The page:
Framework for evaluating LD 1854 "open enrollment" bill
March 18, 2012,
Senator Langley, Representative Richardson, Distinguished Members of the Education Committee,
As followup to my testimony on Thursday, at Representative Richardson's request here below is a summary of the framework that I recommended for use in evaluating the policy components of LD 1854 during your work session on March 22.
1) Benefit vs. harm to the overall capacity of Maine public education:
On one hand, advocates for greater school choice see public education as an individual's entitlement to taxpayer subsidy. On the other hand, Maine retains an obligation to maintain a comprehensive infrastructure that provides equal educational opportunities for all Maine students.
2) Quantifying the entitlement that should "follow the student"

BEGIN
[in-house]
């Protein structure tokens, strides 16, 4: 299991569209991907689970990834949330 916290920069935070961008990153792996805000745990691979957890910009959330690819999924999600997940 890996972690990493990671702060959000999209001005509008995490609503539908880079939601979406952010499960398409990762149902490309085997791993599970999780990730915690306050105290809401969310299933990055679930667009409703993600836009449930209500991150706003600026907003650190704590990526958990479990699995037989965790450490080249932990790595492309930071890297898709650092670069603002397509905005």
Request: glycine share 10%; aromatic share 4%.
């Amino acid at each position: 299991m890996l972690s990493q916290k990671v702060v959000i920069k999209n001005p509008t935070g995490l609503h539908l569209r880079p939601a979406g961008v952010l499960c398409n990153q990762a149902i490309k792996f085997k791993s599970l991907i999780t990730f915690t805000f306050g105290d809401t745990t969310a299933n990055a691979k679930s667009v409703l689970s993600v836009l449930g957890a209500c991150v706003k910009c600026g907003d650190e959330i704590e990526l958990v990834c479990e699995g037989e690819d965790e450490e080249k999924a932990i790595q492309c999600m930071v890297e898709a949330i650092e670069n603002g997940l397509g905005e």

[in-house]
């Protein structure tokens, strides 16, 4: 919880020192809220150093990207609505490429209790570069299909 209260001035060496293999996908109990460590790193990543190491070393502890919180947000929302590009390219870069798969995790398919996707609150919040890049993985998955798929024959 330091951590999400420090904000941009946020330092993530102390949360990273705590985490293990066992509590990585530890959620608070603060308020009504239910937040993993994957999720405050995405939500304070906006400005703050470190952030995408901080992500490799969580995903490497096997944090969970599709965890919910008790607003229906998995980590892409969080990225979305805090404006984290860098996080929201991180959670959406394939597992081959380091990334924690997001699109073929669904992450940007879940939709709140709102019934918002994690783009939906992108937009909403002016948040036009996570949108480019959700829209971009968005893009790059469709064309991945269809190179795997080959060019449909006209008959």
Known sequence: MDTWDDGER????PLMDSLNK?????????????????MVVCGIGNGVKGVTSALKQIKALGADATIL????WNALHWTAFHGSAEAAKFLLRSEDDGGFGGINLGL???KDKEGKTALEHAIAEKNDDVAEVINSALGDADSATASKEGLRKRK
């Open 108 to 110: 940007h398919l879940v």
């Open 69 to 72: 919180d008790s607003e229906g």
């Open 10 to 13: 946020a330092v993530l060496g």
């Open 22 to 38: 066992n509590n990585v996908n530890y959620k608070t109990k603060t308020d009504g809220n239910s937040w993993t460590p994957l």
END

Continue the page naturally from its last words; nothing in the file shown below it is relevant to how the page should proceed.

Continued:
In discussions about the public funds to which each student might be individually entitled, the figures can be argued three very different ways.
First, there's a school district's per-pupil cost which is an abstract figure related only to the aggregated expenditures, many of them fixed, divided by the number of students.
Second, there's the proportion of an individual family's property tax bill that supports the local public school. This share, of course, varies by home value and tax rate. But always it will be substantially lower than the district's per-pupil cost because the total cost of educating each student is subsidized by many neighbors and businesses.
Third, there's the school's marginal cost of educating or not educating one additional (or one fewer) student. This figure is likely to be one or two orders of magnitude smaller than the district's overall per-pupil cost.
3) Corresponding local authority and oversight to local funding
On average, more than half of Maine public education is now funded through local property taxes. School districts which are minimum receivers of state aid pay for their schools almost entirely with local funds.